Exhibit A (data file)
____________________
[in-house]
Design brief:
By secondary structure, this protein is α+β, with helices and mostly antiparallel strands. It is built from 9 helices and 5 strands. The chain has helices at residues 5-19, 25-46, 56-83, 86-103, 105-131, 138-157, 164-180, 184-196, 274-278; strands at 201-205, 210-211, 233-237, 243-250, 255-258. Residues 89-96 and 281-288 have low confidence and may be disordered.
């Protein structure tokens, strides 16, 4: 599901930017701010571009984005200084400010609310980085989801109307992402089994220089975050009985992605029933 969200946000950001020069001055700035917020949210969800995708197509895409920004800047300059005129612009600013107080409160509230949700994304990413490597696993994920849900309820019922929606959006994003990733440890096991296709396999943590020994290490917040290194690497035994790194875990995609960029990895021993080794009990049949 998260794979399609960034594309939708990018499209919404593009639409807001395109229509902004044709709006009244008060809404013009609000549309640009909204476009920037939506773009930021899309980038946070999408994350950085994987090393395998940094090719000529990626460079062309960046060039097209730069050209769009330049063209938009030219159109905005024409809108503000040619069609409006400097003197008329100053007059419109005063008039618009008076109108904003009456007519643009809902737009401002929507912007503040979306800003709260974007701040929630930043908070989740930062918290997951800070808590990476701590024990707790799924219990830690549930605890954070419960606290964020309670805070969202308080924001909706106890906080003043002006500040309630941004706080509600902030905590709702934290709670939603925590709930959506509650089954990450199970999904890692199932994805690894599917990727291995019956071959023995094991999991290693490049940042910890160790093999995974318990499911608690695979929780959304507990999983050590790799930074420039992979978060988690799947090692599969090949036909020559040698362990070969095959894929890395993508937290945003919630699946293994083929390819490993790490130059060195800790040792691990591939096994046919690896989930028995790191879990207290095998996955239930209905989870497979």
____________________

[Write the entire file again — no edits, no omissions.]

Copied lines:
[in-house]
Design brief:
By secondary structure, this protein is α+β, with helices and mostly antiparallel strands. It is built from 9 helices and 5 strands. The chain has helices at residues 5-19, 25-46, 56-83, 86-103, 105-131, 138-157, 164-180, 184-196, 274-278; strands at 201-205, 210-211, 233-237, 243-250, 255-258. Residues 89-96 and 281-288 have low confidence and may be disordered.
């Protein structure tokens, strides 16, 4: 599901930017701010571009984005200084400010609310980085989801109307992402089994220089975050009985992605029933 969200946000950001020069001055700035917020949210969800995708197509895409920004800047300059005129612009600013107080409160509230949700994304990413490597696993994920849900309820019922929606959006994003990733440890096991296709396999943590020994290490917040290194690497035994790194875990995609960029990895021993080794009990049949 998260794979399609960034594309939708990018499209919404593009639409807001395109229509902004044709709006009244008060809404013009609000549309640009909204476009920037939506773009930021899309980038946070999408994350950085994987090393395998940094090719000529990626460079062309960046060039097209730069050209769009330049063209938009030219159109905005024409809108503000040619069609409006400097003197008329100053007059419109005063008039618009008076109108904003009456007519643009809902737009401002929507912007503040979306800003709260974007701040929630930043908070989740930062918290997951800070808590990476701590024990707790799924219990830690549930605890954070419960606290964020309670805070969202308080924001909706106890906080003043002006500040309630941004706080509600902030905590709702934290709670939603925590709930959506509650089954990450199970999904890692199932994805690894599917990727291995019956071959023995094991999991290693490049940042910890160790093999995974318990499911608690695979929780959304507990999983050590790799930074420039992979978060988690799947090692599969090949036909020559040698362990070969095959894929890395993508937290945003919630699946293994083929390819490993790490130059060195800790040792691990591939096994046919690896989930028995790191879990207290095998996955239930209905989870497979």